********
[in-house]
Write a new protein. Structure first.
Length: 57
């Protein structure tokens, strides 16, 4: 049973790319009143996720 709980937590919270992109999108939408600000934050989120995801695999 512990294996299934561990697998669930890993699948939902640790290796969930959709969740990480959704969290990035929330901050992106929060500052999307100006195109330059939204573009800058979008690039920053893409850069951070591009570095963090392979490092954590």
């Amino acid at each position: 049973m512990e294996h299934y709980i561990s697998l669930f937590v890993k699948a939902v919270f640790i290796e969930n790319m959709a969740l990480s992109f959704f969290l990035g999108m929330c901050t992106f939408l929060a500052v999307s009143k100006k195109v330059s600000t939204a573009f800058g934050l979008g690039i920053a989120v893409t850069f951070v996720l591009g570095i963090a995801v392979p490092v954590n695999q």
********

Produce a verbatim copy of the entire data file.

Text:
[in-house]
Write a new protein. Structure first.
Length: 57
């Protein structure tokens, strides 16, 4: 049973790319009143996720 709980937590919270992109999108939408600000934050989120995801695999 512990294996299934561990697998669930890993699948939902640790290796969930959709969740990480959704969290990035929330901050992106929060500052999307100006195109330059939204573009800058979008690039920053893409850069951070591009570095963090392979490092954590």
């Amino acid at each position: 049973m512990e294996h299934y709980i561990s697998l669930f937590v890993k699948a939902v919270f640790i290796e969930n790319m959709a969740l990480s992109f959704f969290l990035g999108m929330c901050t992106f939408l929060a500052v999307s009143k100006k195109v330059s600000t939204a573009f800058g934050l979008g690039i920053a989120v893409t850069f951070v996720l591009g570095i963090a995801v392979p490092v954590n695999q």